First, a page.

Picking a random element from a frequency list

A mildly interesting algorithm I used in Lorem Markdownum
Posted in: haskell.


A week or so ago, I wrote Lorem Markdownum: a small webapp to generate random text (like the many lorem ipsum generators out there), but in markdown format.

This blogpost explains a mildly interesting algorithm I used to pick a random element from a frequency list. It is written in Literate Haskell so you should be able to drop it into a file and run it – the raw version can be found here.

import Data.List (sortBy)
import Data.Ord (comparing)
import qualified Data.Map.Strict as M
import System.Random (randomRIO)

The problem

Lorem ipsum generators usually create random but realistic-looking text by using sample data, on which a model is trained. A very simple example of that is just to pick words according to their frequencies. Let us take some sample data from a song that fundamentally changed the music industry in the early 2000s:

Badger badger badger
Mushroom mushroom
Badger badger badger
Panic, a snake
Badger badger badger
Oh, it’s a snake!

This gives us the following frequency list:

badgers :: [(String, Int)]
badgers =
[ ("a", 2)
, ("badger", 9)
, ("it's", 1)
, ("mushroom", 2)
, ("oh", 1)
, ("panic", 1)
, ("snake", 2)

The sum of all the frequencies in this list is 18. This means that we will e.g. pick “badger” with a chance of 9/18. We can naively implement this by expanding the list so it contains the items in the given frequencies and then picking one randomly.

decodeRle :: [(a, Int)] -> [a]
decodeRle [] = []
decodeRle ((x, f) : xs) = replicate f x ++ decodeRle xs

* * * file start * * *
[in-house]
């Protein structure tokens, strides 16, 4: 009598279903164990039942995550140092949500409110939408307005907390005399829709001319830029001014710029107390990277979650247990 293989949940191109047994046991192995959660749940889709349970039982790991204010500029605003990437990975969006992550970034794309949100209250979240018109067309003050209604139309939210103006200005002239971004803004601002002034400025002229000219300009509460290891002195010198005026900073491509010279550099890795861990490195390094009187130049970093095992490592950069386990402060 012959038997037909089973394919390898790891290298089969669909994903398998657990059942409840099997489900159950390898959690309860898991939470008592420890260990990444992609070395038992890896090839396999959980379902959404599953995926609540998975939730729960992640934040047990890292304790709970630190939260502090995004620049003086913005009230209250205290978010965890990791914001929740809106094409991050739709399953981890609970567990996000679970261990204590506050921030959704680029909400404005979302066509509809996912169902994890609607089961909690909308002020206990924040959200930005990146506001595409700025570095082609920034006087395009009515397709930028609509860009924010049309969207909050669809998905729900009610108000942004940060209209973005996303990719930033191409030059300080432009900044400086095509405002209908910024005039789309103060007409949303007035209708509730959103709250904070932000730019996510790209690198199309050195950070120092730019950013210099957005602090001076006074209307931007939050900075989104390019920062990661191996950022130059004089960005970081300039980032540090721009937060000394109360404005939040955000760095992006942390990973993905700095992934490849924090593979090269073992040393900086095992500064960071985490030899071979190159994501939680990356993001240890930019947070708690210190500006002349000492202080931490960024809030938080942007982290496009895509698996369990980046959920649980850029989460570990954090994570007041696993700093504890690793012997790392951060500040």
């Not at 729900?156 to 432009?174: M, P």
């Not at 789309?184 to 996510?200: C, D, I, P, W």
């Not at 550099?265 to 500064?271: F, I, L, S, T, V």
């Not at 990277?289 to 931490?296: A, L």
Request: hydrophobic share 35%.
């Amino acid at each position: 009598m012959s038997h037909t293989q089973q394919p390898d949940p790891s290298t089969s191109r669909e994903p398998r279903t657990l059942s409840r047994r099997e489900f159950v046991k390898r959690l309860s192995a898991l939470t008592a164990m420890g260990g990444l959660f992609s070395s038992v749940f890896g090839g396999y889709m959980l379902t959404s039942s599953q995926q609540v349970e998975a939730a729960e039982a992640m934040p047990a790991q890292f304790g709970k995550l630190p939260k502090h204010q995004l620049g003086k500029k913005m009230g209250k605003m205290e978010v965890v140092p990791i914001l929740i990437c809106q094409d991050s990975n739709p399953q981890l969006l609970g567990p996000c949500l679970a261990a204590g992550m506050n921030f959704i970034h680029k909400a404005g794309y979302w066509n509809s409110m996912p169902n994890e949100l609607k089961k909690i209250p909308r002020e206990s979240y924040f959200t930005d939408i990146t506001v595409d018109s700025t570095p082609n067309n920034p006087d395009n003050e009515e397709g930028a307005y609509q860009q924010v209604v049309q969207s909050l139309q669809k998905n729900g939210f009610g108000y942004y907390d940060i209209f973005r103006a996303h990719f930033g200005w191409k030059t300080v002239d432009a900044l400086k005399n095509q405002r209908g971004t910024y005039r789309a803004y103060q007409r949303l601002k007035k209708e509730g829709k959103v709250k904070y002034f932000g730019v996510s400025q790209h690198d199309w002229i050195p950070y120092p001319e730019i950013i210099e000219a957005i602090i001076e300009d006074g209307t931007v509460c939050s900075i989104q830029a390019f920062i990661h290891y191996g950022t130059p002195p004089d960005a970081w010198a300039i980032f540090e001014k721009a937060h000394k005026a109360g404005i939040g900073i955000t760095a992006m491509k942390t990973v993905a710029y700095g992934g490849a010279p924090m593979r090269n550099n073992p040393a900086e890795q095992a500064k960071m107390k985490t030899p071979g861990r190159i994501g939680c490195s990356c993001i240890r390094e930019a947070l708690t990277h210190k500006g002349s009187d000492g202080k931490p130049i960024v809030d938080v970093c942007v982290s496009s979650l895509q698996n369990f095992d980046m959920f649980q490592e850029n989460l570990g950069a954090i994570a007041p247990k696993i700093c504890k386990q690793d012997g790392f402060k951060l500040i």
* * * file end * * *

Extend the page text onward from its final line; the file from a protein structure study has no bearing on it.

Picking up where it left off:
sample1 :: [(a, Int)] -> IO a
sample1 freqs = do
let expanded = decodeRle freqs
idx <- randomRIO (0, length expanded - 1)
return $ expanded !! idx

This is obviously extremely inefficient, and it is not that hard to come up with a better definition: we do not expand the list, and instead use a specialised indexing function for frequency lists.

indexFreqs :: Int -> [(a, Int)] -> a
indexFreqs _ [] = error "please reboot computer"
indexFreqs idx ((x, f) : xs)
| idx < f = x
| otherwise = indexFreqs (idx - f) xs
sample2 :: [(a, Int)] -> IO a
sample2 freqs = do
idx <- randomRIO (0, sum (map snd freqs) - 1)
return $ indexFreqs idx freqs

However, sample2 is still relatively slow when we our sample data consists of a large amount of text (imagine what happens if we have a few thousand different words). Can we come up with a better but still elegant solution?

Note that lorem ipsum generators generally employ more complicated strategies than just picking a word according to the frequencies in the sample data. Usually, algorithms based on Markov Chains are used. But even when this is the case, picking a word with some given frequencies is still a subproblem that needs to be solved.

Frequency Trees

It is easy to see why sample2 is relatively slow: indexing in a linked list is expensive. Purely functional programming languages usually solve this by using trees instead of lists where fast indexing is required. We can use a similar approach here.